I am moved again by something dredged up from an old sermon:
the tomb-marker of Sir Robert Shirley, a baronet "whose singular praise it is
to have done the best things in the worst times, and to have hoped them in the
A newly elected Republican congressman was
distressed to find out that his government-funded health insurance policy
as a member of Congress won't kick in until February, a month after he is sworn
in. He asked: what could he do for insurance in the meantime?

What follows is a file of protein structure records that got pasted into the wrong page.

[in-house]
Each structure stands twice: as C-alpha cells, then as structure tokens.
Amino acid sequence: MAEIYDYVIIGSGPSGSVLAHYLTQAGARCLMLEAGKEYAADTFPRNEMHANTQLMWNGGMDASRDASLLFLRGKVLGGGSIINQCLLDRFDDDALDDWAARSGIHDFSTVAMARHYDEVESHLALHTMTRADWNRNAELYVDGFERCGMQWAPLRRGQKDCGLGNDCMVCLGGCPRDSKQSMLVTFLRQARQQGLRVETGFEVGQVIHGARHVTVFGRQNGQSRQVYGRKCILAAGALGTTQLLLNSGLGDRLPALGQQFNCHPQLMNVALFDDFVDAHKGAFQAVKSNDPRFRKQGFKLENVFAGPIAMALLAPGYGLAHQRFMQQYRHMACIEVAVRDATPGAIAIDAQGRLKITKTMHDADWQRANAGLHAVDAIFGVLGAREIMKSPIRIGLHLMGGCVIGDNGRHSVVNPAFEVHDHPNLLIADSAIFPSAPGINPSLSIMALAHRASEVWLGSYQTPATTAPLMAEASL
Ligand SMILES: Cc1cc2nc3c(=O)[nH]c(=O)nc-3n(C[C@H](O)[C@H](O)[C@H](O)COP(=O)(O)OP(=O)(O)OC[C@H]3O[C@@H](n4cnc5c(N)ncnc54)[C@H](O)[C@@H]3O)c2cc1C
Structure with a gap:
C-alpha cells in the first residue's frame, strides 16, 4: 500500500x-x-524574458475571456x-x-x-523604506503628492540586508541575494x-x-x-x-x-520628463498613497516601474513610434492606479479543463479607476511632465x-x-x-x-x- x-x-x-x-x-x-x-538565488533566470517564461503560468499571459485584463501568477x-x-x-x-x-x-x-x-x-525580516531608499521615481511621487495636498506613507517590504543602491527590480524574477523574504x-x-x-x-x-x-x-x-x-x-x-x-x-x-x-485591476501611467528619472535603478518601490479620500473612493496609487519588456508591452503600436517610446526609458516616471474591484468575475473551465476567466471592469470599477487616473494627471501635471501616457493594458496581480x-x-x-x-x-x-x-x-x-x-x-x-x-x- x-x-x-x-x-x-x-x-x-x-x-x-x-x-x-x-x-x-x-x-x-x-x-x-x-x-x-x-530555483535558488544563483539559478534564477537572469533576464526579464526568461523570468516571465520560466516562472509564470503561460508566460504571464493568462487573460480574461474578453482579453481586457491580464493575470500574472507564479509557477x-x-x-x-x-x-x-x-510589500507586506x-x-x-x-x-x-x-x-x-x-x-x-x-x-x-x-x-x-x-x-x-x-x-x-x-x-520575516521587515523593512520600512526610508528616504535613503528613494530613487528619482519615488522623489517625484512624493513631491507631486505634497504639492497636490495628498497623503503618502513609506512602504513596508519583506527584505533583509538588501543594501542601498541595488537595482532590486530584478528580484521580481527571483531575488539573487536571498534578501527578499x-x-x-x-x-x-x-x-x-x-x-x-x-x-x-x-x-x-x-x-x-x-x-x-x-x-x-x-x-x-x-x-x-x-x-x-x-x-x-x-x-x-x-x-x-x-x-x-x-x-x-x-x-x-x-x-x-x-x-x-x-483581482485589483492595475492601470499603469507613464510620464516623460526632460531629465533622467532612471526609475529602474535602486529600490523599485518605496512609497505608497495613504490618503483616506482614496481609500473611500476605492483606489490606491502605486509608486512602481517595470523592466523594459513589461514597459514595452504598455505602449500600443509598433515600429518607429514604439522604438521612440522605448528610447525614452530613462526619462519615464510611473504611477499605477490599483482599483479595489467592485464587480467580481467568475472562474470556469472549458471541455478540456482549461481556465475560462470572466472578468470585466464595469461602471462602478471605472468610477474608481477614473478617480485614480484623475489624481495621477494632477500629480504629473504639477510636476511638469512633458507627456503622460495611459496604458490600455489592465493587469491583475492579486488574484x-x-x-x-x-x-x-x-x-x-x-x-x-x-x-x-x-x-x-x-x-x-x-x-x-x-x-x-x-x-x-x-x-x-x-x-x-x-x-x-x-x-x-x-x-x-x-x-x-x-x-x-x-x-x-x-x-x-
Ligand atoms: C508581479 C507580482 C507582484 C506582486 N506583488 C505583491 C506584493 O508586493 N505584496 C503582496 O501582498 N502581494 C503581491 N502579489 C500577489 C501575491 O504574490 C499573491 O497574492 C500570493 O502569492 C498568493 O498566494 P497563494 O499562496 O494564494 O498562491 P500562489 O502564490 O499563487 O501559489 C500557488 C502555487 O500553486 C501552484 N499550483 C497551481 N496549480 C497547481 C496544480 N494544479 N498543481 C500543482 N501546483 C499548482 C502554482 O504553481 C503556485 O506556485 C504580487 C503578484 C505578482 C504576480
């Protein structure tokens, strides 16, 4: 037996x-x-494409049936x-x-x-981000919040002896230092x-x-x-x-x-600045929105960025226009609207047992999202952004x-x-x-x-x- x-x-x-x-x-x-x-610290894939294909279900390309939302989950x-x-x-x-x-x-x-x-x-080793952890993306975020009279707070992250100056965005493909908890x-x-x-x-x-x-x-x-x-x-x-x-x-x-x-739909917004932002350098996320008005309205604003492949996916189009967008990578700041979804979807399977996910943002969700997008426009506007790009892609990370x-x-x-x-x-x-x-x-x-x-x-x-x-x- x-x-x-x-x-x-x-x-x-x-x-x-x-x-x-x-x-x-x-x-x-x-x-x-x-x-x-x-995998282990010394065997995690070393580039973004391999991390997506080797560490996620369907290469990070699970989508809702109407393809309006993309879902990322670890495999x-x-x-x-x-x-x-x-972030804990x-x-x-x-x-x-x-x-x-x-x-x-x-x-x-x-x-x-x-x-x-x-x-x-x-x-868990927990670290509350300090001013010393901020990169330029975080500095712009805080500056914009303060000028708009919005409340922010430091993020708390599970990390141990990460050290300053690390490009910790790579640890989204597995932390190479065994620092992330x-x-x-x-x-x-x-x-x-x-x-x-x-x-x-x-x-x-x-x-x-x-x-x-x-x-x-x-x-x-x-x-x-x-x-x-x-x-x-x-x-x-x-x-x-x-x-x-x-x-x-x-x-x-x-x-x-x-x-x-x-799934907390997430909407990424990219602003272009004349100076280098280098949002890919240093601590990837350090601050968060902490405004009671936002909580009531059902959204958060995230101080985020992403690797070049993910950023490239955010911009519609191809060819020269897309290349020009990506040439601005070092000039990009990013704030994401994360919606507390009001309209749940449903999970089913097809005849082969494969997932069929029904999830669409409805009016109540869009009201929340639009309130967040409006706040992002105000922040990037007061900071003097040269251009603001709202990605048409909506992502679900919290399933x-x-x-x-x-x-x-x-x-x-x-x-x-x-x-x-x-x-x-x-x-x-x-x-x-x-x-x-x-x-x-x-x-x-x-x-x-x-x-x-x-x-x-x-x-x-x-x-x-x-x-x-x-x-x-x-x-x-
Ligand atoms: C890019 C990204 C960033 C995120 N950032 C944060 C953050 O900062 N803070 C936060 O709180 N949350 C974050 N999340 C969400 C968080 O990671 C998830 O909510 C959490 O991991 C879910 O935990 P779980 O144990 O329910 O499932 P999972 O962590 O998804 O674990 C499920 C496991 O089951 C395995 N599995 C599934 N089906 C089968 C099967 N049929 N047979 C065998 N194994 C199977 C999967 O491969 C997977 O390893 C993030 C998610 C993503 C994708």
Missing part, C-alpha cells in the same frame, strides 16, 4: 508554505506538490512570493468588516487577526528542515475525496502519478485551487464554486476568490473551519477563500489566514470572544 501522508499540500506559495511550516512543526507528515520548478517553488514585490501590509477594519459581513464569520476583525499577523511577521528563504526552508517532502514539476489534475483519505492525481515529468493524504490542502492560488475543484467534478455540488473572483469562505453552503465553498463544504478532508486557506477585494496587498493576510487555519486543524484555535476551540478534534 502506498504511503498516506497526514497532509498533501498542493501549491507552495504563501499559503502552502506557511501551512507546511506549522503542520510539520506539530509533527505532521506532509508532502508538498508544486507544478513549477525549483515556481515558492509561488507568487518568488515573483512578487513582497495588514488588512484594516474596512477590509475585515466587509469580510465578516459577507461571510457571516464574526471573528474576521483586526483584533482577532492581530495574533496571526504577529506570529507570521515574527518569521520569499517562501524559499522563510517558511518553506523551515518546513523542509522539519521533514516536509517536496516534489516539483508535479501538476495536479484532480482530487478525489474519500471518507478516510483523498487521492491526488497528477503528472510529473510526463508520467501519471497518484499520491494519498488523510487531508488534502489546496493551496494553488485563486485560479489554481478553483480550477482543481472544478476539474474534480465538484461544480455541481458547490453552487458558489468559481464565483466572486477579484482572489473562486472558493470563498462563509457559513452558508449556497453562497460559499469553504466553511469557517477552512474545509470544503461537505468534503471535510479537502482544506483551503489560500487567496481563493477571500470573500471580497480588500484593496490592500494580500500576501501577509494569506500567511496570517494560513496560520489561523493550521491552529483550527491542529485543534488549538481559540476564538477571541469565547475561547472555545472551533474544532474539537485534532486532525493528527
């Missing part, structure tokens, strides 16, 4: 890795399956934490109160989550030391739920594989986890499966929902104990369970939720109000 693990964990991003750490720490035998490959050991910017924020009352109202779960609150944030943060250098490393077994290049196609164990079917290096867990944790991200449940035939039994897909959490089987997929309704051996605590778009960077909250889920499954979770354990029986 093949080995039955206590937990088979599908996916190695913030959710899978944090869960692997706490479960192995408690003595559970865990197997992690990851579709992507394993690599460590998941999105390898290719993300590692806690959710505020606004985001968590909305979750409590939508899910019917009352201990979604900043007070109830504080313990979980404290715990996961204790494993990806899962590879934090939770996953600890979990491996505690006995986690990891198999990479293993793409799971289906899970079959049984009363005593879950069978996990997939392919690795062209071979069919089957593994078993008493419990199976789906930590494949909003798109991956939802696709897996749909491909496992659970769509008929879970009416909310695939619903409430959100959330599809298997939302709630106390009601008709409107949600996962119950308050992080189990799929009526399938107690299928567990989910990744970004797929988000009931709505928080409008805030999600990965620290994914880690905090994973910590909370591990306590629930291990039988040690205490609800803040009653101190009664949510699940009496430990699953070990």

Warren Buffett, the second wealthiest man in the world, likes to project an image of himself as a man who values responsible lending and affordable housing for people of modest means. A different picture is portrayed by Clayton Homes, the country’s largest builder and lender of manufactured housing, which was bought in 2003 by Berkshire Hathaway, the investment conglomerate controlled by Buffett. An investigation led by the Center for Public Integrity and the Seattle Times has discovered that the company engages in predatory loan practices and charges exorbitant interest rates and add-on fees, which trap many owners in homes they can’t afford that can’t be resold or refinanced (Center for Public Integrity, April 3).